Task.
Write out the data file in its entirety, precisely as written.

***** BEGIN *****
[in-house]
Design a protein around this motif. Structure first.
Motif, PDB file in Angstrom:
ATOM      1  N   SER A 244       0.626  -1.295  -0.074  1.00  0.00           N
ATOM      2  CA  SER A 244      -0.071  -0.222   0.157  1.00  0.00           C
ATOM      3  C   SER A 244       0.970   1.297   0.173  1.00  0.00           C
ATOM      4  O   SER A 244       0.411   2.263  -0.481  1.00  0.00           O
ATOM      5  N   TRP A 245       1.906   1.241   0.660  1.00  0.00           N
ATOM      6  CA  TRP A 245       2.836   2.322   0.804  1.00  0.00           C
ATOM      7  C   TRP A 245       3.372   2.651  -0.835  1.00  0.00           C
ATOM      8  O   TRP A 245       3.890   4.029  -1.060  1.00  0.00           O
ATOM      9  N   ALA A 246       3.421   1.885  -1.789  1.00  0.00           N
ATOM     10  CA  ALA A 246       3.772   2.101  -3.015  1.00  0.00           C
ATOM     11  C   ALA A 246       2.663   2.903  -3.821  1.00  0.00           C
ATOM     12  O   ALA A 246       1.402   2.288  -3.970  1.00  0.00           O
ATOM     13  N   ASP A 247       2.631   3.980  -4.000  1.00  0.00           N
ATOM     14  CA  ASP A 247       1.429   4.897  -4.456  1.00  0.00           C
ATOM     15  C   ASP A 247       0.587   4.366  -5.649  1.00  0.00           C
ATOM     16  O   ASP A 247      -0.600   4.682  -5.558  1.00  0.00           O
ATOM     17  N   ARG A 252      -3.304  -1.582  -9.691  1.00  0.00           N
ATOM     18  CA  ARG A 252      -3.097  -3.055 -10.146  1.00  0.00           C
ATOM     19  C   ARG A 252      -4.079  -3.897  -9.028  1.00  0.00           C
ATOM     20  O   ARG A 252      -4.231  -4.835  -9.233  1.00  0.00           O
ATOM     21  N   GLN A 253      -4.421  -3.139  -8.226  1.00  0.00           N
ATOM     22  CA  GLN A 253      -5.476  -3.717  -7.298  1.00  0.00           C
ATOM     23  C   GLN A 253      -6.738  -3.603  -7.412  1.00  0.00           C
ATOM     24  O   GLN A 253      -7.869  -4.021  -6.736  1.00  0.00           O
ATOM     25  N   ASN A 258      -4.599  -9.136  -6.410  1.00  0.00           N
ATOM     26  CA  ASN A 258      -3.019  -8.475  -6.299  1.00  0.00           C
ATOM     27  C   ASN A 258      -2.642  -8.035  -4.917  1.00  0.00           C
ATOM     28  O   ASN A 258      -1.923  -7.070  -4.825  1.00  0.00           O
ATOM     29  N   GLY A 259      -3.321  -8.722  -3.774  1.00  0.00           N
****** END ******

[in-house]
Design a protein around this motif. Structure first.
Motif, PDB file in Angstrom:
ATOM      1  N   SER A 244       0.626  -1.295  -0.074  1.00  0.00           N
ATOM      2  CA  SER A 244      -0.071  -0.222   0.157  1.00  0.00           C
ATOM      3  C   SER A 244       0.970   1.297   0.173  1.00  0.00           C
ATOM      4  O   SER A 244       0.411   2.263  -0.481  1.00  0.00           O
ATOM      5  N   TRP A 245       1.906   1.241   0.660  1.00  0.00           N
ATOM      6  CA  TRP A 245       2.836   2.322   0.804  1.00  0.00           C
ATOM      7  C   TRP A 245       3.372   2.651  -0.835  1.00  0.00           C
ATOM      8  O   TRP A 245       3.890   4.029  -1.060  1.00  0.00           O
ATOM      9  N   ALA A 246       3.421   1.885  -1.789  1.00  0.00           N
ATOM     10  CA  ALA A 246       3.772   2.101  -3.015  1.00  0.00           C
ATOM     11  C   ALA A 246       2.663   2.903  -3.821  1.00  0.00           C
ATOM     12  O   ALA A 246       1.402   2.288  -3.970  1.00  0.00           O
ATOM     13  N   ASP A 247       2.631   3.980  -4.000  1.00  0.00           N
ATOM     14  CA  ASP A 247       1.429   4.897  -4.456  1.00  0.00           C
ATOM     15  C   ASP A 247       0.587   4.366  -5.649  1.00  0.00           C
ATOM     16  O   ASP A 247      -0.600   4.682  -5.558  1.00  0.00           O
ATOM     17  N   ARG A 252      -3.304  -1.582  -9.691  1.00  0.00           N
ATOM     18  CA  ARG A 252      -3.097  -3.055 -10.146  1.00  0.00           C
ATOM     19  C   ARG A 252      -4.079  -3.897  -9.028  1.00  0.00           C
ATOM     20  O   ARG A 252      -4.231  -4.835  -9.233  1.00  0.00           O
ATOM     21  N   GLN A 253      -4.421  -3.139  -8.226  1.00  0.00           N
ATOM     22  CA  GLN A 253      -5.476  -3.717  -7.298  1.00  0.00           C
ATOM     23  C   GLN A 253      -6.738  -3.603  -7.412  1.00  0.00           C
ATOM     24  O   GLN A 253      -7.869  -4.021  -6.736  1.00  0.00           O
ATOM     25  N   ASN A 258      -4.599  -9.136  -6.410  1.00  0.00           N
ATOM     26  CA  ASN A 258      -3.019  -8.475  -6.299  1.00  0.00           C
ATOM     27  C   ASN A 258      -2.642  -8.035  -4.917  1.00  0.00           C
ATOM     28  O   ASN A 258      -1.923  -7.070  -4.825  1.00  0.00           O
ATOM     29  N   GLY A 259      -3.321  -8.722  -3.774  1.00  0.00           N